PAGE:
Wood Thrush

The Wood Thrush is the thrush species most associated with Maine’s
deciduous forests. It prefers shady deciduous and mixed forests with a shrubby understory, moist soil, and dense leaf litter. It is a rich, red-brown above and has a plump,
white belly covered with bold, dark spots. Like its fellow thrushes, this bird sings an
ethereal song in the early mornings around dawn and in the evening around sunset.
Its song has been described as flutelike and variable with 2 to 10 notes. Males arrive
before females to establish and defend territories through vigorous singing and dis-
plays such as wing-flicking and crest raising. In rare occasions, territorial defense may include physical contact between males. Nests are constructed low in trees or shrubs by the female with occasional support from the male. Agitated birds will give a “pit-pit-pit” if you wander too near their nesting site. Nestlings are fed insects and fruits by the male and occasionally the female. Young birds continue to be cared for by both parents after leaving the nest until the female leaves to initiate a second brood after about two weeks. Wood Thrush are highly vulnerable to Brown-headed Cowbird parasitism.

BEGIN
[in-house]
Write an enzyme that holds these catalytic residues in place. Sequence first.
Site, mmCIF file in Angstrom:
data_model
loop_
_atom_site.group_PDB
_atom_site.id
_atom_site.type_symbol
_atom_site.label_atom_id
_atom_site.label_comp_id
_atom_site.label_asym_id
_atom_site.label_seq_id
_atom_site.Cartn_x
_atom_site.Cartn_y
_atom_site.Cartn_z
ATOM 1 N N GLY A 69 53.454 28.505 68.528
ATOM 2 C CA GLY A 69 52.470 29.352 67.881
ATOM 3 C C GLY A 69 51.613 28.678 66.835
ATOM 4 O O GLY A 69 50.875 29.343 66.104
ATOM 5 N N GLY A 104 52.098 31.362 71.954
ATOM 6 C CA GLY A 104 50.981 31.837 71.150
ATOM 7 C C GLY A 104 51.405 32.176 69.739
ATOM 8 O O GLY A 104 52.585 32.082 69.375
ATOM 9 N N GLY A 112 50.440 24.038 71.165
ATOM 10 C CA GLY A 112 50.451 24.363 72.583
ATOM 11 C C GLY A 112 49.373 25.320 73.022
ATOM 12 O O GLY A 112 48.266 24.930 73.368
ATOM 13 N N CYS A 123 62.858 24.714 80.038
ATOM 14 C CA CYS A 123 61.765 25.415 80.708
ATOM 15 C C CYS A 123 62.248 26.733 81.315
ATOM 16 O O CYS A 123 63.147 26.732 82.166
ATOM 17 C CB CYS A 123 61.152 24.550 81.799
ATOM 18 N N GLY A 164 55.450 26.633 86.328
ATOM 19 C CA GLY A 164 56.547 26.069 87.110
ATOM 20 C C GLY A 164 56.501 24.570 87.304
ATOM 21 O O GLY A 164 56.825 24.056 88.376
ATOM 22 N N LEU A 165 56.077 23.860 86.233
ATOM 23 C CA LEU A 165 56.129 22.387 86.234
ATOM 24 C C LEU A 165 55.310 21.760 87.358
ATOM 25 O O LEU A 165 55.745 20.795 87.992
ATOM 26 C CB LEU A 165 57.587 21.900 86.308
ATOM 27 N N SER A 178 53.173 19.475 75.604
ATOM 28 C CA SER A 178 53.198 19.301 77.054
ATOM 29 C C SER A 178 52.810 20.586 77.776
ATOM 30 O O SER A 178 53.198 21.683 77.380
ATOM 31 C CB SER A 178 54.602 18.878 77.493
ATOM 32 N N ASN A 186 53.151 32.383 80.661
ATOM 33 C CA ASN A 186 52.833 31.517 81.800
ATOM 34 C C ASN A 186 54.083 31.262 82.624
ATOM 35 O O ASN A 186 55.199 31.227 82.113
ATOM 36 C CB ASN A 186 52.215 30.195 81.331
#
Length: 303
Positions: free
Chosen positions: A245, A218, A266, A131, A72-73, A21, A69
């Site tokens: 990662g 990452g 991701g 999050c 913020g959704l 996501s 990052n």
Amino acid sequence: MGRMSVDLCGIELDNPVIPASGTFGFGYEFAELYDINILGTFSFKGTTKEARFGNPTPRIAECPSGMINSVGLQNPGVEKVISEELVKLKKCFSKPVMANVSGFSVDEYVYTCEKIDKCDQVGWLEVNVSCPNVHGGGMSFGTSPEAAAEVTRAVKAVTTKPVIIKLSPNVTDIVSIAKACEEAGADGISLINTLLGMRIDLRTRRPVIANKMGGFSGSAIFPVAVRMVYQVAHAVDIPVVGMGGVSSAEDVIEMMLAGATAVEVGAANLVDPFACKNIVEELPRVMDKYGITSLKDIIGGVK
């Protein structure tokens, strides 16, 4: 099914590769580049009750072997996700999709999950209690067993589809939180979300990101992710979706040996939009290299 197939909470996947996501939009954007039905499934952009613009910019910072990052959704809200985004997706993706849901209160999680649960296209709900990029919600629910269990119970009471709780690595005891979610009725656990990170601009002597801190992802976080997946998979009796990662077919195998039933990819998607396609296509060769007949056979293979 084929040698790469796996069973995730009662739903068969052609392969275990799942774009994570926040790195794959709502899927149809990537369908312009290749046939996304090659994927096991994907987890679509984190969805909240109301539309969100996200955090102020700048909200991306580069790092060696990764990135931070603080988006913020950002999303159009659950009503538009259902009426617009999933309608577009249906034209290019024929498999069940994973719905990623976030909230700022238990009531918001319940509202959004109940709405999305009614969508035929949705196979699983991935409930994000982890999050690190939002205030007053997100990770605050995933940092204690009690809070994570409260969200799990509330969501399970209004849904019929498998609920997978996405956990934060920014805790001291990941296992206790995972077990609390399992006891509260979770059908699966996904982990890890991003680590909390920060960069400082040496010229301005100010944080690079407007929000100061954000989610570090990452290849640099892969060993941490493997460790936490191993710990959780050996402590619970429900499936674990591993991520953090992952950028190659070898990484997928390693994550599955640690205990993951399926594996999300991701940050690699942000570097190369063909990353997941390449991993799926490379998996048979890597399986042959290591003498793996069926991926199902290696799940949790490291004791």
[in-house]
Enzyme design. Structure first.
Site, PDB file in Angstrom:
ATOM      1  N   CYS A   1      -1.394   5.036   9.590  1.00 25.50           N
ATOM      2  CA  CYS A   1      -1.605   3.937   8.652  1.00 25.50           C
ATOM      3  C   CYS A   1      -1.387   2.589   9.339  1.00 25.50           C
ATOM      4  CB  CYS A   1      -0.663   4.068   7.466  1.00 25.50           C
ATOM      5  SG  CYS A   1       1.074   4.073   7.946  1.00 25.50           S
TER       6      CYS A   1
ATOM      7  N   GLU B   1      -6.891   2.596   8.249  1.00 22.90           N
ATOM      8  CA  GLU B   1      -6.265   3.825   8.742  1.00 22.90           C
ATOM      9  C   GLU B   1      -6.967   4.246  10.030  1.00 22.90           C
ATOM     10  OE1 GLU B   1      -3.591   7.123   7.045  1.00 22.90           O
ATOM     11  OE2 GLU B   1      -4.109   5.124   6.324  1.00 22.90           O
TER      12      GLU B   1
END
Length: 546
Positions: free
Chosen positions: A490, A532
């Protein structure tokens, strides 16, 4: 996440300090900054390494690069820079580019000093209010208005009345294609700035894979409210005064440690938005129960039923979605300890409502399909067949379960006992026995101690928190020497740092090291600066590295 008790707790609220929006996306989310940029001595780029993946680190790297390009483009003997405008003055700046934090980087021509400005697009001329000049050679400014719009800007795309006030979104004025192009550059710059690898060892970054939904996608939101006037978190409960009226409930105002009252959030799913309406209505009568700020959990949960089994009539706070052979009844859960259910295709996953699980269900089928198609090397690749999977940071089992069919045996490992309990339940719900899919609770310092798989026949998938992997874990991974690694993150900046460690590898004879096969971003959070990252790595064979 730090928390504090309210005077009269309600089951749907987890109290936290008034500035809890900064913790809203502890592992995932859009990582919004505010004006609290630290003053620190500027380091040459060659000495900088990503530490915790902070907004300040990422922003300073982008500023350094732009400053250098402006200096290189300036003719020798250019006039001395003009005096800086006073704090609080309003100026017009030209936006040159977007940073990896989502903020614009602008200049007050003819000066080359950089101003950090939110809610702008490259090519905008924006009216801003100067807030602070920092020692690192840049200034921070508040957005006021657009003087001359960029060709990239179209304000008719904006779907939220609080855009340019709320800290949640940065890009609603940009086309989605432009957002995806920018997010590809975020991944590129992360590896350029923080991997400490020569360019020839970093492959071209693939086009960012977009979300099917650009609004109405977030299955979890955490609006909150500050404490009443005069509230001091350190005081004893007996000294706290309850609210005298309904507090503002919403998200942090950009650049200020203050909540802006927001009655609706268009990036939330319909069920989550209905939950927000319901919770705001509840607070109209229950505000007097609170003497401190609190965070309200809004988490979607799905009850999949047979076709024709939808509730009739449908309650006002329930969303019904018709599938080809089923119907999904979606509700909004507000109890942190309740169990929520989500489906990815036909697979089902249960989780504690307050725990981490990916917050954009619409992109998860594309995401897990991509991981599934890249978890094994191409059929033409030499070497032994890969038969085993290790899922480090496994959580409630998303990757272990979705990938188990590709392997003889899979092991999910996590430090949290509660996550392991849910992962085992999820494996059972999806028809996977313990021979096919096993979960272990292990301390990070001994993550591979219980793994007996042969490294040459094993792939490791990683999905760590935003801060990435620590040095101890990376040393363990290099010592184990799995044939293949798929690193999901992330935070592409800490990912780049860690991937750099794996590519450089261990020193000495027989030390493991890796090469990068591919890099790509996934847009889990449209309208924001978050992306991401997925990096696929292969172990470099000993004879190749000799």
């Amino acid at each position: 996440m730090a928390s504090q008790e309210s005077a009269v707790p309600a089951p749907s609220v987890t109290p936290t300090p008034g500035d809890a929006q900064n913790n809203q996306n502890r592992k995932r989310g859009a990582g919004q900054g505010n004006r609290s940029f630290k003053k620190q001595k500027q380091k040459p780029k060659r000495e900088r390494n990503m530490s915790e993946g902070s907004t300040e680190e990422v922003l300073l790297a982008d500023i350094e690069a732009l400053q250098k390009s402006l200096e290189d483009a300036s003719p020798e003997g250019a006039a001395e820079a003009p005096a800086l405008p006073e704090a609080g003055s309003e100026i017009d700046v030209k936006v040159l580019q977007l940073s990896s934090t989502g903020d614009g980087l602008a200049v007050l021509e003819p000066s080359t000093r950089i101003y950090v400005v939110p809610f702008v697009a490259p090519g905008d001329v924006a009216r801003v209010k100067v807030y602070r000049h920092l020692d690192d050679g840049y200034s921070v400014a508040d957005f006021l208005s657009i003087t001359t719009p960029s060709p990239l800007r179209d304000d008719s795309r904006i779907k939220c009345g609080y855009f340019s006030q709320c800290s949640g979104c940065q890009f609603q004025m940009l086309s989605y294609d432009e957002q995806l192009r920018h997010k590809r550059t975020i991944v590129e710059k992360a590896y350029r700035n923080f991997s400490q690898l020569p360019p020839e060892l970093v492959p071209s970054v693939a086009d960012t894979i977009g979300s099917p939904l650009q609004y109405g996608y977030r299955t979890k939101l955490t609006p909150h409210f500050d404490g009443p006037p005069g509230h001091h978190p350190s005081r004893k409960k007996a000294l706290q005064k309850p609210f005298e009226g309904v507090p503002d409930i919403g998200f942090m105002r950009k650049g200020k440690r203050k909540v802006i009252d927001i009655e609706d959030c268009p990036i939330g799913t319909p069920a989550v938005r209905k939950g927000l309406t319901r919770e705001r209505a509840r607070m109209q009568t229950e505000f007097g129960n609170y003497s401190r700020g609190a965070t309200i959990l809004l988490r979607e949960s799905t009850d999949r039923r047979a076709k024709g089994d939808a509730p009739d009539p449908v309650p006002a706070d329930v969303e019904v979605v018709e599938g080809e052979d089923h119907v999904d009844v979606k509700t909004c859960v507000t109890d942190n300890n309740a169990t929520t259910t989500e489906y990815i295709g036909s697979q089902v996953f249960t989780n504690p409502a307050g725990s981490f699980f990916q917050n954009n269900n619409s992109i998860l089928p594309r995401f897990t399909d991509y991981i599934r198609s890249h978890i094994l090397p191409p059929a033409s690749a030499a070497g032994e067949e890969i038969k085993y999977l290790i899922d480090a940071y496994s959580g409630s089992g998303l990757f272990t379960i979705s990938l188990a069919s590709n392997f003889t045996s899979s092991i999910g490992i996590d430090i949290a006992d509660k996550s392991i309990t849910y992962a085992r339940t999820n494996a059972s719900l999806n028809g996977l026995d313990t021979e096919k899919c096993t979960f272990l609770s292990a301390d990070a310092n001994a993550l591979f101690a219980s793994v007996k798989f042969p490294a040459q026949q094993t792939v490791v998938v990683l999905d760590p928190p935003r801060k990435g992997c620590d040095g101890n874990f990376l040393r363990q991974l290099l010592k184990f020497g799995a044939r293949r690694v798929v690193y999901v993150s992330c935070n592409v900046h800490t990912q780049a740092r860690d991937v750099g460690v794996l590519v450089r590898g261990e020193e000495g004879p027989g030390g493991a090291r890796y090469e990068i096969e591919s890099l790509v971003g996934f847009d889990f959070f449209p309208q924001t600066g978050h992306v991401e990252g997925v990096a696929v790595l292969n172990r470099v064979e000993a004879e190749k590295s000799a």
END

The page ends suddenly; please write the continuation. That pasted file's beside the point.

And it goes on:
Safe Dates: June 1st to August 1st (applicable for only the S or H codes).


Breeding Evidence: If you hear a Wood Thrush singing its ethereal song within the safe dates, use code S. The simplest way to upgrade this to a “Probable Breeder” is to listen for singing again at the same location 7 or more days later to upgrade the code to S7. For silently perched or calling (a repeated “bup-bup”) Wood Thrush, use code H. If you observe agitated behavior such as crest-raising or agitated calling (“pit-pit-pit”), use code A. If a pair are observed together and interacting prior to nesting, use code P. For birds observed carrying food (fruit or soft-bodies insects), use code CF. If a nest with young is observed or heard (young give a at “chip” call), code use NY, but note that we strongly discourage closely approaching or disturbing nesting birds.

Image courtesy of Logan Parker. 

Audio courtesy of Scott Gravette.

© 2019 Logan Parker

The Maine Nightjar Monitoring Project is a part of the Maine Natural History Observatory